Rick feels he’s alone in the universe because he believes there is no one around him who
can match his genius.
There could be some truth to this idea, as other characters support it.
Yet, despite complaining that he has no mental peers, Rick chooses to spend most of his time
with his intellectually mediocre grandson, so Rick is constantly frustrated with Morty
for not keeping up with him.
He does reveal in one episode that Morty’s brainwaves help hide Rick’s genius, but
that doesn’t explain why Rick doesn’t seem to have a single friend who is anywhere near
the same intelligence ballpark.
There’s a case to be made that Rick actually prefers less intelligent companions so he
can feel superior.
From what we witness anyway, Rick’s loneliness has less to do with his smarts and more to do with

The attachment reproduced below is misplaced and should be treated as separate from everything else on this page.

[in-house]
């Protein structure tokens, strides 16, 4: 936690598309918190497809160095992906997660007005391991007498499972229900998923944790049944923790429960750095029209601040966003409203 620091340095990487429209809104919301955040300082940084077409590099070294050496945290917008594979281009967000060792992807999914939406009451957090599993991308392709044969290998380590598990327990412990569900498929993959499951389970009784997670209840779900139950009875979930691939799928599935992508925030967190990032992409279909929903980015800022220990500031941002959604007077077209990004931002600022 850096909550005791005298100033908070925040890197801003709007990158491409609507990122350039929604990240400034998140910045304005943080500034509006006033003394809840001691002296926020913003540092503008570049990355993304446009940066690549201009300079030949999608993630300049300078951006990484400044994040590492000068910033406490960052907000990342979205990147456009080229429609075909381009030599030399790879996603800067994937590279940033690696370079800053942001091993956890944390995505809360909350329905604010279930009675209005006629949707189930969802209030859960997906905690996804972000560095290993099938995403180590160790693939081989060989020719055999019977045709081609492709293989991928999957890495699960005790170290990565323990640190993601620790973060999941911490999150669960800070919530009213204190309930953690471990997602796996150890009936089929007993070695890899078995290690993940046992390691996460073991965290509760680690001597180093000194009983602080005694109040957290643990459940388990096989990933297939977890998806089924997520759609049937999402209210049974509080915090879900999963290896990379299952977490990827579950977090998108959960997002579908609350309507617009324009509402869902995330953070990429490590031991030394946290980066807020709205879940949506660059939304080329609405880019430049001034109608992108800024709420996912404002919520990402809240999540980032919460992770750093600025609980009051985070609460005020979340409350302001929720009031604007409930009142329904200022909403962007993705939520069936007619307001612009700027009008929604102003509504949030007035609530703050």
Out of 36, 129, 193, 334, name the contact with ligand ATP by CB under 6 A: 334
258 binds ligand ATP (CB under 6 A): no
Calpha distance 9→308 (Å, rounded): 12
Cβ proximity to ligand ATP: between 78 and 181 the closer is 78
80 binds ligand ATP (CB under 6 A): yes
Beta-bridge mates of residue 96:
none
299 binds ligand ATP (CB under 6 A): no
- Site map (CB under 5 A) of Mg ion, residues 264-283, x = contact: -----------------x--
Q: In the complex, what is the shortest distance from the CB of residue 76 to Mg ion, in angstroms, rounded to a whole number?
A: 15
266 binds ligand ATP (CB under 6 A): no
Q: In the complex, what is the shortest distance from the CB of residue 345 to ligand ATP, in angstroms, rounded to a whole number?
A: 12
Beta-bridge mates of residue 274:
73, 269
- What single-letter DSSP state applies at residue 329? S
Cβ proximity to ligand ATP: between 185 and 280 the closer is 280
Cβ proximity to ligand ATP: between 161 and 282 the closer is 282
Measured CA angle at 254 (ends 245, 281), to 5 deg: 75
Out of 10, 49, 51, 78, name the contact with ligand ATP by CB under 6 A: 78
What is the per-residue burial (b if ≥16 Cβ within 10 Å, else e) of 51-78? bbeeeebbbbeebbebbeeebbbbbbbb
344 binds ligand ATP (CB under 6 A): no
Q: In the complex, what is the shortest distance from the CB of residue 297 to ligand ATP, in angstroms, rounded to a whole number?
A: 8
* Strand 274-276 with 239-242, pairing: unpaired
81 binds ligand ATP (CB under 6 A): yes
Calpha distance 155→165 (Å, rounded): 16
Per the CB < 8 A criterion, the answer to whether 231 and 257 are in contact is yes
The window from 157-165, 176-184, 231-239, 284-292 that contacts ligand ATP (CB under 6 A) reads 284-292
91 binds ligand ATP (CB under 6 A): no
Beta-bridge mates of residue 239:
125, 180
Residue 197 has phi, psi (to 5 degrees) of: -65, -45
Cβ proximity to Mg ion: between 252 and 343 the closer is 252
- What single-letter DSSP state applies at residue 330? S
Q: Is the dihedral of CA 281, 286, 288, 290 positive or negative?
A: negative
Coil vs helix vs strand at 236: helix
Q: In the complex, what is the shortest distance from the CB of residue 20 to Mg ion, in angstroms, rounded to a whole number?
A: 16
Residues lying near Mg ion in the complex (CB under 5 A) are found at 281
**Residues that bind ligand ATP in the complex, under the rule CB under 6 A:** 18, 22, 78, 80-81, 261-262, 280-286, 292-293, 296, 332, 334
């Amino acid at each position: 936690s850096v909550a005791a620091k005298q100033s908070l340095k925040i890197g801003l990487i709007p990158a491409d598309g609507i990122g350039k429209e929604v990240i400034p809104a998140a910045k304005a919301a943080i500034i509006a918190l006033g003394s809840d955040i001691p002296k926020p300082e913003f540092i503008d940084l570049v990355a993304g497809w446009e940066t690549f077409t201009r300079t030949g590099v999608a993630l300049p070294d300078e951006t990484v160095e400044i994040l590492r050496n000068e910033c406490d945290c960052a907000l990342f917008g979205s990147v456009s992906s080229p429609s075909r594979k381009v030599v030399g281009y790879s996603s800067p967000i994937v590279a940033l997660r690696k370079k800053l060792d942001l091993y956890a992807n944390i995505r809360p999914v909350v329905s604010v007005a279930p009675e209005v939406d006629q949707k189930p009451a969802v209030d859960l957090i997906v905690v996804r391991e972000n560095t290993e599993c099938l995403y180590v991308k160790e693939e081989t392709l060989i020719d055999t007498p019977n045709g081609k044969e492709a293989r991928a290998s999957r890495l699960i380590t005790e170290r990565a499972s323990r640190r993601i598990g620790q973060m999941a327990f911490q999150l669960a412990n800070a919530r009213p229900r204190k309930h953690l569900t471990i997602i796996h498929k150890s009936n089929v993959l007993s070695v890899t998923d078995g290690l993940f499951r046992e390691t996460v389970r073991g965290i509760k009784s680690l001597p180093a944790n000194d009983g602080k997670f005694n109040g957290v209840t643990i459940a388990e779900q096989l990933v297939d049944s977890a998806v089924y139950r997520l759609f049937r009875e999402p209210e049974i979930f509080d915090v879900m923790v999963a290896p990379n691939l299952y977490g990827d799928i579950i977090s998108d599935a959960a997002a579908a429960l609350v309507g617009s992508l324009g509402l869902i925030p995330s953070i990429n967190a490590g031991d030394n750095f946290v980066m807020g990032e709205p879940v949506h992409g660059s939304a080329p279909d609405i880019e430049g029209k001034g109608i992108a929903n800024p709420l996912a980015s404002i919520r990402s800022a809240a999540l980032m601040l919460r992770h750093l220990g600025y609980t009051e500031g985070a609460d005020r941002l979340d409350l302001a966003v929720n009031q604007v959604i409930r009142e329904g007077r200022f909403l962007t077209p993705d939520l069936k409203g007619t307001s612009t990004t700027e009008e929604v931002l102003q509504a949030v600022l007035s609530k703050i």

his abrasive personality and tendency to push people away.
This is reflected in Rick’s storyline with Unity, a creature that takes over a planet
and becomes completely autonomous to eliminate the need to interact with anyone else.
In the end, she suggests that this is precisely what Rick does by keeping his loved ones at
arm’s length and treating everything as a joke. But whether or not his brains are the root of the
problem, what is clear, is that Rick has deluded himself into believing that it’s because
of his intelligence that he can’t maintain lasting relationships.
In Rick’s mind, being antisocial is proof of intelligence, while being nice and open
After all he’s seen and experienced, Rick has learned that it’s a bad idea to trust
To be open-hearted is to be naive, is to get hurt.
At Bird Person’s wedding, he shows a rare moment of vulnerability:
But when Tammy turns out to be an undercover agent for the Galactic Federation, Rick suggests
that opening himself up to others was a mistake.
It’s even possible he’s tried letting himself be vulnerable and got burned before,